weekly blog--one for the ages
Head to the hills or the beach...Labor Day is upon us. A few summery photos to remember the hottest, most humid summer since I moved to Boston in 1978. Bonus...name the insect below.
Lifespan is the length of life for an organism; Health span are the years you live in relatively good health. The same can be said for democracies like the United States, which under the present administration seems to be succumbing to the chronic diseases of aging.
So how do democracies perish? Some thoughts based on an essay of the same name by Stephen Holmes, a New York University law professor.
The lingering question now is what you do with a patient that has reached the end of its health span. In human terms, consider selectively destroying senescent cells in old tissues to eliminate a range of age-related diseases, or a next-generation form of CRISPR genome-editing to repair a diseased organ. In spiritual terms, consider reincarnation--starting a new life in a new form.
In practical terms, simply understand what we are up against and appreciate democracy’s ability to replenish society’s sense of future possibility.
With Labor Day fast approaching, a topical business news item...Troubled consumer electronics retailer Best Buy paid $800 million earlier this week to acquire a company that provides emergency response devices for the aging. It's the latest move by a retailer to deepen its presence in health care. Best Buy already sells health-and-wellness products, and offers an activity-monitoring service for aging adults in 21 markets.
Also trending...dedicated spaces for family caregivers in Acute-Care Hospitals. Fewer than 20 have them, according to experts in the field. However, caregiver advocates believe several factors are coming together to convince hospitals such investments make economic sense. The Affordable Care Act put in place penalties for avoidable re-admissions, which caregivers can help prevent, and some encouraging programs are cropping up to pay caregivers for their work.
Four noteworthy news items from the week that was:
More than 2 billion people around the world regularly consume insects, which are a good source of protein, vitamins, minerals and healthy fats. According to a recent research study, eating crickets can help support the growth of beneficial gut bacteria, and may also reduce inflammation in the body. SciBlog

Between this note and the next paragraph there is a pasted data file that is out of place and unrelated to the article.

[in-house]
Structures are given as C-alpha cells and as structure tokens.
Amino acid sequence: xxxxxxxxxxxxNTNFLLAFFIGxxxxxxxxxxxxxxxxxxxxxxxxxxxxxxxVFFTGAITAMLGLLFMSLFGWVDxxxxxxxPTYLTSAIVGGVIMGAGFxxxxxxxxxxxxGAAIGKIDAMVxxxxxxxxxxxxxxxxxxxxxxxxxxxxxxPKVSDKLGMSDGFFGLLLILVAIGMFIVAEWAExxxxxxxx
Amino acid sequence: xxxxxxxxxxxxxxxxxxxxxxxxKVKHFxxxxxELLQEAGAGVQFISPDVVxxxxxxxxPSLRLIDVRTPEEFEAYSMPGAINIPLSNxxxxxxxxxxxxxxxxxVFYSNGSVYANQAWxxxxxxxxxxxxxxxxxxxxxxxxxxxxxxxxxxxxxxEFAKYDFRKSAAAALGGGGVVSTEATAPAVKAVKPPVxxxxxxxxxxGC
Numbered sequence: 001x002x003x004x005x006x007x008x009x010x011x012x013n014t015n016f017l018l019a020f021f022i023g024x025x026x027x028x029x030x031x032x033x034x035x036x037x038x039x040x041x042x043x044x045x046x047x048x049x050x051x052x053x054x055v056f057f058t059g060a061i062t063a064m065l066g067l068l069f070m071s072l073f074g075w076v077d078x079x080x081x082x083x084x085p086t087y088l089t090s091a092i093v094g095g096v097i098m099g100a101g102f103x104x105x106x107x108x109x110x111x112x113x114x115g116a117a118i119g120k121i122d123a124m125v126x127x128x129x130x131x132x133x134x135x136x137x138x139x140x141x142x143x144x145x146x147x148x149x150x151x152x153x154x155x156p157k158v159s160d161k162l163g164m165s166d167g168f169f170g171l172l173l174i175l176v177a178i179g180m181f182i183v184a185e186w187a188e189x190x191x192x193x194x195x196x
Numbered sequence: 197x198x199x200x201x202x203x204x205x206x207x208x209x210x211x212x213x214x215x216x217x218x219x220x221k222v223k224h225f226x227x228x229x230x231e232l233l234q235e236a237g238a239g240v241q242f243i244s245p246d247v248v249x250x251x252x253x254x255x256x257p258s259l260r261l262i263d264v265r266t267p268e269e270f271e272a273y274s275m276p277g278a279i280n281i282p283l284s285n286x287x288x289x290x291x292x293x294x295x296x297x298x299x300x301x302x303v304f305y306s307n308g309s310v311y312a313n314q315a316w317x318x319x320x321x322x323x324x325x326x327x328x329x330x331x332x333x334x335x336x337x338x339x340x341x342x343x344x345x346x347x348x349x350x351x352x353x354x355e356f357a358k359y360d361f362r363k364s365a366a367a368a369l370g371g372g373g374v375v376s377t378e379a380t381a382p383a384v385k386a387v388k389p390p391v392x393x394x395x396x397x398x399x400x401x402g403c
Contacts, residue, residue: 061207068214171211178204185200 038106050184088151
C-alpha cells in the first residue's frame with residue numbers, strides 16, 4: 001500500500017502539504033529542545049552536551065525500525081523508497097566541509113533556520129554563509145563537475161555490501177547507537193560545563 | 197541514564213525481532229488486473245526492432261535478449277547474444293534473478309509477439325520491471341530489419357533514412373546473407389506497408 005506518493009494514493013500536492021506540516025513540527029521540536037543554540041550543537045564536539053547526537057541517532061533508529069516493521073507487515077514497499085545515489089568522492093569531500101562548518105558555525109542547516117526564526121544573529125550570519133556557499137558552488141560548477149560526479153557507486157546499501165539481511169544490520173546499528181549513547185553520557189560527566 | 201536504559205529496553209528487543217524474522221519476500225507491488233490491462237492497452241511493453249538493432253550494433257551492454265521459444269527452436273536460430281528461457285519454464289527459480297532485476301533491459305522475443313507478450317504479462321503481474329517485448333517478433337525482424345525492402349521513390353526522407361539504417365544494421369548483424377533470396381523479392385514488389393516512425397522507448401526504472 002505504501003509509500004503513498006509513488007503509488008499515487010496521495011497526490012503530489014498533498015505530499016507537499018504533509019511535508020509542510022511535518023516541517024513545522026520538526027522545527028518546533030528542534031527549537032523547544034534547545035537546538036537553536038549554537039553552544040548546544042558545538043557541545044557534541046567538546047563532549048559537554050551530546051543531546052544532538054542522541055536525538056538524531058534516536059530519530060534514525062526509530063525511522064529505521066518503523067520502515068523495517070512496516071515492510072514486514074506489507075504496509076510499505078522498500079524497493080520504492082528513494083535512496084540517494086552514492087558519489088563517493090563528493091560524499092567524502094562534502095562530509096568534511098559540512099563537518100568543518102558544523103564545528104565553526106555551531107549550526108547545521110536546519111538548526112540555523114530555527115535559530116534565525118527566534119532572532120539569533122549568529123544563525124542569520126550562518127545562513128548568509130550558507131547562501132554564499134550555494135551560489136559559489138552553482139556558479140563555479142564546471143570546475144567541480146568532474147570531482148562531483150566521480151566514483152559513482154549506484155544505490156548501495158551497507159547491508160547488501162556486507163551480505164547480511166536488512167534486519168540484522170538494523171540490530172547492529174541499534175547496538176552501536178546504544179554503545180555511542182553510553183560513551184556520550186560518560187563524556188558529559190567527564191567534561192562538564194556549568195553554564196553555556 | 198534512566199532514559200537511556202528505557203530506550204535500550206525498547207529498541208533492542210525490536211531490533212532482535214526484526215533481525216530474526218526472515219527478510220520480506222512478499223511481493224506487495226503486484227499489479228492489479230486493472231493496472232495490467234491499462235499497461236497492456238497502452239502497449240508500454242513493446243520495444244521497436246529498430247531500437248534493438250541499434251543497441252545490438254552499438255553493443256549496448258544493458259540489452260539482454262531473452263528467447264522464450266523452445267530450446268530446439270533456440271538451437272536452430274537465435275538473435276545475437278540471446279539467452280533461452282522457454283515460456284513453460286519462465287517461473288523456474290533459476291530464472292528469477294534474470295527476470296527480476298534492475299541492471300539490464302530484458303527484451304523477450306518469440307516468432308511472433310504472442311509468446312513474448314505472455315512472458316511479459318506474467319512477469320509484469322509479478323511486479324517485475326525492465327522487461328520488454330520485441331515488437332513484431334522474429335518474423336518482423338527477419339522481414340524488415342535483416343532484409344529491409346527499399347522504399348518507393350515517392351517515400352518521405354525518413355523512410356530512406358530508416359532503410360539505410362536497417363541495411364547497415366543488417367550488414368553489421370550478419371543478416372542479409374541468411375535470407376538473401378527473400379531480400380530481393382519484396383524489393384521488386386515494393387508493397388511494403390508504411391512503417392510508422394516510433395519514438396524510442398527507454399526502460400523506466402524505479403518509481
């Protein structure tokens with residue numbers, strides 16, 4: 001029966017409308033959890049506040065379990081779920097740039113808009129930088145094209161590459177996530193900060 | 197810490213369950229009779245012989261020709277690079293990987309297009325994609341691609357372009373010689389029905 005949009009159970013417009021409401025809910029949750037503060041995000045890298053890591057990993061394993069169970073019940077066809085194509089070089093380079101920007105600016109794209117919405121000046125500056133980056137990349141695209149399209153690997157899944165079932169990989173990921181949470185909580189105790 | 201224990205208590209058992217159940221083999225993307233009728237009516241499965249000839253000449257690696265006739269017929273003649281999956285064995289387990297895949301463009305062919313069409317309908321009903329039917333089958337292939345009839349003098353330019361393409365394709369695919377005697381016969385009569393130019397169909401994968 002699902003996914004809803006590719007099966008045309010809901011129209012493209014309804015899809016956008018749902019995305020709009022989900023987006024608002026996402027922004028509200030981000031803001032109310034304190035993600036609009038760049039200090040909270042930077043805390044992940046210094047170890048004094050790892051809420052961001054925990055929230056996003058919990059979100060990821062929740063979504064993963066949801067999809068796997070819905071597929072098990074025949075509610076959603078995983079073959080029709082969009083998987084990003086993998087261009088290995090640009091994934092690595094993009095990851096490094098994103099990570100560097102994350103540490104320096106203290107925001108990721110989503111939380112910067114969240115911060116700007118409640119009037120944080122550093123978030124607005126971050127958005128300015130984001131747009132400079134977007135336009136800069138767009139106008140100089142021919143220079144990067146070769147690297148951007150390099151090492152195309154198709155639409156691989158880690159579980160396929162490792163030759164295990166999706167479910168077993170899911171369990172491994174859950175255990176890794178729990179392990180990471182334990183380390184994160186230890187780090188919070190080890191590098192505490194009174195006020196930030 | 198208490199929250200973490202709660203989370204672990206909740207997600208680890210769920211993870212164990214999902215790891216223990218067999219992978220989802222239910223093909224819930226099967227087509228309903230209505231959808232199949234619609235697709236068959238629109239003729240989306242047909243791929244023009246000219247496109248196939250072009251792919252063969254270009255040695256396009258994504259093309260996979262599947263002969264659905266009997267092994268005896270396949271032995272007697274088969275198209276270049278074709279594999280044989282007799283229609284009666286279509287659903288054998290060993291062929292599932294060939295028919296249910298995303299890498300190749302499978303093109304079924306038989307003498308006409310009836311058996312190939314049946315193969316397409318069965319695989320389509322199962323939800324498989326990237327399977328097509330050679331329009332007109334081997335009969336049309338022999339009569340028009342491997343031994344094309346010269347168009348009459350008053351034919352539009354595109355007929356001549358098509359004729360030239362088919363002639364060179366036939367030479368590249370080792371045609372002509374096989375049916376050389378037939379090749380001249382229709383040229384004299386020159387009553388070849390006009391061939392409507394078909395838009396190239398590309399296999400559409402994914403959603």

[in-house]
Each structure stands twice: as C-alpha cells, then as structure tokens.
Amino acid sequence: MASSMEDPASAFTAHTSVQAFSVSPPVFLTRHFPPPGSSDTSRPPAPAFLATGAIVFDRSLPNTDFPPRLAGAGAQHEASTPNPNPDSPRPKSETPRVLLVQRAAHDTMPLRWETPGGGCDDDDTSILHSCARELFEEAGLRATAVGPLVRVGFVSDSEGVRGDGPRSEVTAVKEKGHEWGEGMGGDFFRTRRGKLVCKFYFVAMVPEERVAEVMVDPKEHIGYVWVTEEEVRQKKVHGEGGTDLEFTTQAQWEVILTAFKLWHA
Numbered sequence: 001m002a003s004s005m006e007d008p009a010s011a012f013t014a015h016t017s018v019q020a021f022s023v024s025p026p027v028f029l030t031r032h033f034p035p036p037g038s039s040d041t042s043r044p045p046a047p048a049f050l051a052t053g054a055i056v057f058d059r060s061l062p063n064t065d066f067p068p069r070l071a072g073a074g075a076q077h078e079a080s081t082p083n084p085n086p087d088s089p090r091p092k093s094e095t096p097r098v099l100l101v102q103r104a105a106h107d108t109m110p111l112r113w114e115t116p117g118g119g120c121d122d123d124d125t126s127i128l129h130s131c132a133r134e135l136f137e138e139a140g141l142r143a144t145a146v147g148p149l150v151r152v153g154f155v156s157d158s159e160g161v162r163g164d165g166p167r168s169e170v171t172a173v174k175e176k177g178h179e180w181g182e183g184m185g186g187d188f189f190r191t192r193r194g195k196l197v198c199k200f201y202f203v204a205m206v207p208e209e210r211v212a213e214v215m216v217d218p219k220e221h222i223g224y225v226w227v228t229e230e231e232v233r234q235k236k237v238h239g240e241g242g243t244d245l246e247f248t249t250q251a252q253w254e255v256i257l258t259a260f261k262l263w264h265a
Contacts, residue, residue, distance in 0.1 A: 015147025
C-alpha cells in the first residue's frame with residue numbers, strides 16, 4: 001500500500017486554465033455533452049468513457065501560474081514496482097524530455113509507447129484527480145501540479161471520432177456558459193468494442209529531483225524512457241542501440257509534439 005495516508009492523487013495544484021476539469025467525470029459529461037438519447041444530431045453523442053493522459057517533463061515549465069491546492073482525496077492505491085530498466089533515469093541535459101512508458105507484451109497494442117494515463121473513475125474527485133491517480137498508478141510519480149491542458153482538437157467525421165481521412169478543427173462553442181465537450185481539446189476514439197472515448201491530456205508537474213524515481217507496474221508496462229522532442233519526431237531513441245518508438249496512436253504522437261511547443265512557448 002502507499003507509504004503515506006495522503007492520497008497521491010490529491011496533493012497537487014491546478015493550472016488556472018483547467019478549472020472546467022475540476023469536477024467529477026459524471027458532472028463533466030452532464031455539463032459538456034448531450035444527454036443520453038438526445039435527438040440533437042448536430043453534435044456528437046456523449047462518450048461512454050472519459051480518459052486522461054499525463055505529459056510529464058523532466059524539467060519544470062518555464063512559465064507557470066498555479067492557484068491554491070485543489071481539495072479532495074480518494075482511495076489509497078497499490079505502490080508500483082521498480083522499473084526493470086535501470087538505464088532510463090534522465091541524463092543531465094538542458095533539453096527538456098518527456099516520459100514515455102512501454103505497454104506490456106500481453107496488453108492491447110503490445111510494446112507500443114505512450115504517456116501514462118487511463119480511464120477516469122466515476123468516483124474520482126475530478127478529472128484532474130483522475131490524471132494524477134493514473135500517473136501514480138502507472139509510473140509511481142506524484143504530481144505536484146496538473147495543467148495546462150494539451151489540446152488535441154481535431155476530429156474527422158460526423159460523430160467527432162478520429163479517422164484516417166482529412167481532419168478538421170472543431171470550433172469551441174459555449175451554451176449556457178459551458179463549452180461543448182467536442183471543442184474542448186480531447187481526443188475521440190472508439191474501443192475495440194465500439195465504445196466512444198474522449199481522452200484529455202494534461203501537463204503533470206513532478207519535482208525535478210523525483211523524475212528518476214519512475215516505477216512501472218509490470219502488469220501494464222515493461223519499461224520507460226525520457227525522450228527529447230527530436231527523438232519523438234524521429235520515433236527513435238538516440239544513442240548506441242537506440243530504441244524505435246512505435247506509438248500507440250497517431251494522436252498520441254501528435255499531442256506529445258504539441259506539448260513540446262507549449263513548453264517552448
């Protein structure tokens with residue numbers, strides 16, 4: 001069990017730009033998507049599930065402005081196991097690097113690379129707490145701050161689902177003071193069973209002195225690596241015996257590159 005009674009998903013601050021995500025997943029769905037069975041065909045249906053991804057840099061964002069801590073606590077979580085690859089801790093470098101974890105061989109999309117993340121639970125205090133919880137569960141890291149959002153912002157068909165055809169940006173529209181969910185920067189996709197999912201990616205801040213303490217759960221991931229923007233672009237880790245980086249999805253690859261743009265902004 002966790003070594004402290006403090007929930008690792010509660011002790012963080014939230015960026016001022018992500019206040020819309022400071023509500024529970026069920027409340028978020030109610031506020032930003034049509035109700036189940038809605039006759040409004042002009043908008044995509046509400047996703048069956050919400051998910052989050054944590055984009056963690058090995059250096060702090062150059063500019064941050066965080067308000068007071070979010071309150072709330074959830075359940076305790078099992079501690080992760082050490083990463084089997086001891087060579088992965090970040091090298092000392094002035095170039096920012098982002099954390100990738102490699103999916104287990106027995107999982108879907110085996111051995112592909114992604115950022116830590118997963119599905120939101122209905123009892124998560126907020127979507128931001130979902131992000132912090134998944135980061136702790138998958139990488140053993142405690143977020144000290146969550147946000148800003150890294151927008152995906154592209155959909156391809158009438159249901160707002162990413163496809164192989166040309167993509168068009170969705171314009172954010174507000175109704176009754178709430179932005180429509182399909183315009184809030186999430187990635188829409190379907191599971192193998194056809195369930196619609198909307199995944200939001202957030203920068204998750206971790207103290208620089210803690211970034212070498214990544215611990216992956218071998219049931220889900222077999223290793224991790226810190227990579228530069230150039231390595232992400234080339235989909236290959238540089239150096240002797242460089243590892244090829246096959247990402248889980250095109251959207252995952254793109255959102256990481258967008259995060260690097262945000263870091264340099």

Currently, there are no known ways to prevent Alzheimer’s disease or to stop its progression once it has begun. But research at the University of Virginia offers new understanding of how the disease develops at the molecular level, long before extensive neuronal damage occurs and symptoms show up. Additionally, the researchers have found that an FDA-approved drug, memantine, currently used only for alleviating the symptoms of moderate-to-severe Alzheimer’s disease, might be used to prevent or slow the progression of the disease if used before symptoms appear. SciBlog
In general, long-term-care insurers can use genetic test results when they decide whether to offer you coverage. The federal Genetic Information Nondiscrimination Act prohibits health insurers from asking for or using your genetic information to make decisions about whether to sell you health insurance or how much to charge. But those rules don’t apply to long-term-care, life or disability insurance. Some states provide extra consumer protections related to genetic testing and long-term-care insurance, but most follow federal law. And if you get genetic testing after you have a policy, the results can’t affect your coverage. Kaiser
When a study isn’t a study. Montmorency tart cherries might boost gut health, according to a new study sponsored by the Cherry Marketing Institute. A grand total of nine healthy adults downed 8 ounces of tart cherry juice — from concentrate — every day. Researchers report they found more good bacteria in people’s guts after five days, but the actual bacteria involved varied from one person to the next. STAT